Michael Medved writes:
Shut Up And Teach
I know it's a bad habit to point out grammatical errors in the work of other people, but as a former seventh grade English teacher I can't help myself. I cringe whenever I see obvious, embarrassing mistakes (especially if they happen to be my own), and I particularly loathe the current tendency to promote political correctness by substituting the pronoun "they" when it should be "he" or "she." Example: "Each individual makes this common mistake, whether they know better or not." Obviously, "they" (plural) disagrees with "Each individual" (singular). The right wording, of course, would be "Each individual makes this common mistake whether he knows better or not."
In general, this sort of clumsiness counts as merely an irritant, but if the error occurs in a much-publicized statement from a large group of educators, then their unprofessional stupidity deserves the broadest possible exposure and the strongest possible condemnation. In last month's convention of the American Federation of Teachers, representing 1.3 million educators in every state of the union, the preachy pedagogues adopted a resolution slamming the Bush administration and the war in Iraq. More than 90% of the delegates voted to endorse the resolution, and apparently none of them noticed its appallingly ill-chosen wording:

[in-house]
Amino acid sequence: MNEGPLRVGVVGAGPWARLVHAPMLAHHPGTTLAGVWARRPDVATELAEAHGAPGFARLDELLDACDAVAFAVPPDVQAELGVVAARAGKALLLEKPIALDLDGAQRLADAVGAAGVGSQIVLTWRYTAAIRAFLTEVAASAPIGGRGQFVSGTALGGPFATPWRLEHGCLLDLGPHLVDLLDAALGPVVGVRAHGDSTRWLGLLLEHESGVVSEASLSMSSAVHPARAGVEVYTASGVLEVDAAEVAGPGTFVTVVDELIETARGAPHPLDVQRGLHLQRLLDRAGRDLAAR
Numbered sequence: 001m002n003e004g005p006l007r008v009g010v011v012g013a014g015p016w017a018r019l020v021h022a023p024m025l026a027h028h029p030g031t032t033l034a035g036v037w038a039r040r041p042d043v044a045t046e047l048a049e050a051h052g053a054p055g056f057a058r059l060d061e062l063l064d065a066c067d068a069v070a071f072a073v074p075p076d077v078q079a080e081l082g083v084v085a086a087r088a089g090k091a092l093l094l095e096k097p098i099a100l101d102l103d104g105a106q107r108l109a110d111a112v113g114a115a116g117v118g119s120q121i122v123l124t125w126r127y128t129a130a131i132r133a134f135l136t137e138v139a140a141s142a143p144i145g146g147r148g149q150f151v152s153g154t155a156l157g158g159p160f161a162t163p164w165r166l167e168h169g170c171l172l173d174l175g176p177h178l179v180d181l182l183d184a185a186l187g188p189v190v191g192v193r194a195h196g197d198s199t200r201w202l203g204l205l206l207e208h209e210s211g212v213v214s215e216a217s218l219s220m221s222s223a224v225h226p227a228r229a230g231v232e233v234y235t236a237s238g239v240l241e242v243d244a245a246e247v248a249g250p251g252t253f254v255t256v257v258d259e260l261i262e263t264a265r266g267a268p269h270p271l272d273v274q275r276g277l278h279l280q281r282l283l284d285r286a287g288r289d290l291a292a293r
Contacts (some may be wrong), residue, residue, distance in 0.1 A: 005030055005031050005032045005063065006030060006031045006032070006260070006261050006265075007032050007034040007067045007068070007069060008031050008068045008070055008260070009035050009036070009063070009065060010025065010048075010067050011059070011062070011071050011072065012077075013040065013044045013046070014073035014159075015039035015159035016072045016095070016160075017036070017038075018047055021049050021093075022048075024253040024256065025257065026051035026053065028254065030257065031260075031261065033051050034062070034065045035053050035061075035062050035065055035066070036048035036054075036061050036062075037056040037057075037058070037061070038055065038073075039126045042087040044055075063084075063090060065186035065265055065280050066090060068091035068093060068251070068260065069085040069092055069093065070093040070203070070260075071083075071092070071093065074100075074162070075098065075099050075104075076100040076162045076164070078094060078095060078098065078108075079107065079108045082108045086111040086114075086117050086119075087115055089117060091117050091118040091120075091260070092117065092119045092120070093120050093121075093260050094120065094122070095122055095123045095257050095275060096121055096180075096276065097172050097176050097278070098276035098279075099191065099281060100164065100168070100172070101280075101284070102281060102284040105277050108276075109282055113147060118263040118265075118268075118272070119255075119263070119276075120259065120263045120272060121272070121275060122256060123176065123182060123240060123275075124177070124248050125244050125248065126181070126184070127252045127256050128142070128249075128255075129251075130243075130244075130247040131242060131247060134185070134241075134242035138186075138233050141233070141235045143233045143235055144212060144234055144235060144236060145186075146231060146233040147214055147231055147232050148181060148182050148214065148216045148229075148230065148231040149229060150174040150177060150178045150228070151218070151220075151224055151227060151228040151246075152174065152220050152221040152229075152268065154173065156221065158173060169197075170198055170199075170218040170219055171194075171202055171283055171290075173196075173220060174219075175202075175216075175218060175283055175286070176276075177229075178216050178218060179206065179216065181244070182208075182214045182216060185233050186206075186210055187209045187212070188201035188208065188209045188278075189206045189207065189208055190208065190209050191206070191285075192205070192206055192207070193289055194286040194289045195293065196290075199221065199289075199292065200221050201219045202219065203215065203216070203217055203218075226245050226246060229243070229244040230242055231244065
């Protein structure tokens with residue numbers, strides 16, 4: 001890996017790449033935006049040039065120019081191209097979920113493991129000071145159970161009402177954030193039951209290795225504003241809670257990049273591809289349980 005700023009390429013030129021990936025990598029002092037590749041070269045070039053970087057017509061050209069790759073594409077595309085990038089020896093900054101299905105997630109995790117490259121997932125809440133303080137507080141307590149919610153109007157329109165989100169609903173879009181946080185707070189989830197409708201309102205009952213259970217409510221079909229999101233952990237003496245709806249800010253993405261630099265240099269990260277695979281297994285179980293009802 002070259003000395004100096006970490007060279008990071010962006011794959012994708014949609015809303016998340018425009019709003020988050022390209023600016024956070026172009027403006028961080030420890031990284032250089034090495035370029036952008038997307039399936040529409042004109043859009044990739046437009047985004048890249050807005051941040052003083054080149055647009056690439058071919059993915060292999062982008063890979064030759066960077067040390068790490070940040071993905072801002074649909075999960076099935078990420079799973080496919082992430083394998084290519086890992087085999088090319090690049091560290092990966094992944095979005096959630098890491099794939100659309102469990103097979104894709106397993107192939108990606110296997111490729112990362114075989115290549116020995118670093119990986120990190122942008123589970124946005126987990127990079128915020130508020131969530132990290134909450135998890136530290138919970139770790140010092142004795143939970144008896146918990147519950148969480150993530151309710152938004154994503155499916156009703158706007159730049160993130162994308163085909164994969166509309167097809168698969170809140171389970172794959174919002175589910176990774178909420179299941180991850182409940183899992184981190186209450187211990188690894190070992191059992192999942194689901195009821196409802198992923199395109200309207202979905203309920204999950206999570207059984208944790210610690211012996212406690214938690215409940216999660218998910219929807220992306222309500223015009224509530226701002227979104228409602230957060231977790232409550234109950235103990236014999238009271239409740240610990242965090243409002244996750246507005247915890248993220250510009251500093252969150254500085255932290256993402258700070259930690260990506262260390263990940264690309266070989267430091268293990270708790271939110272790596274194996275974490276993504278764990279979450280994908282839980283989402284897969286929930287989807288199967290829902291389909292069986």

"Resolved, that the American Federation of Teachers oppose the war in Iraq and call upon our country's leaders to withdraw all troops....."
Okay, class - is "American Federation of Teachers" (the subject of the sentence) singular or plural? Obviously, it's singular - only one "Federation" though it represents many (too many) teachers. And what about the verbs, "oppose" and "call," singular or plural? They are plural, obviously - teachers can "oppose and call" but a federation "opposes and calls." The AFT, in other words, gets a failing grade in middle school English.
This is not quantum physics, nor rocket science (I couldn't have taught those subjects - they are my father's area of expertise). To paraphrase the signature line from Cool Hand Luke: what we have here is a failure to communicate - grammatically. For educational professionals to vote on a resolution wiithout noting its illiteracy, and then to issue the resolution to the public without embarrassment, highlights one of the problems with the education unions: too much emphasis on political correctness, and not nearly enough on the classroom basics.
Wouldn't a reasonable educator think that the proper use of the language is a more important obligation for a teachers' union than taking a gratuitous position on the Iraq war.... one of 143 political resolutions, by the way, pushed through this convention?
The rebel conservative rock band "The Right Brothers" recently performed a world premiere on my radio show of a song called "Shut Up and Teach!" - urging educators to concentrate on education, rather than indoctrination. If the AFT and individual teachers paid heed to that advice they'd stand a better chance of avoiding bone-headed grammatical miscues in their public proclamations.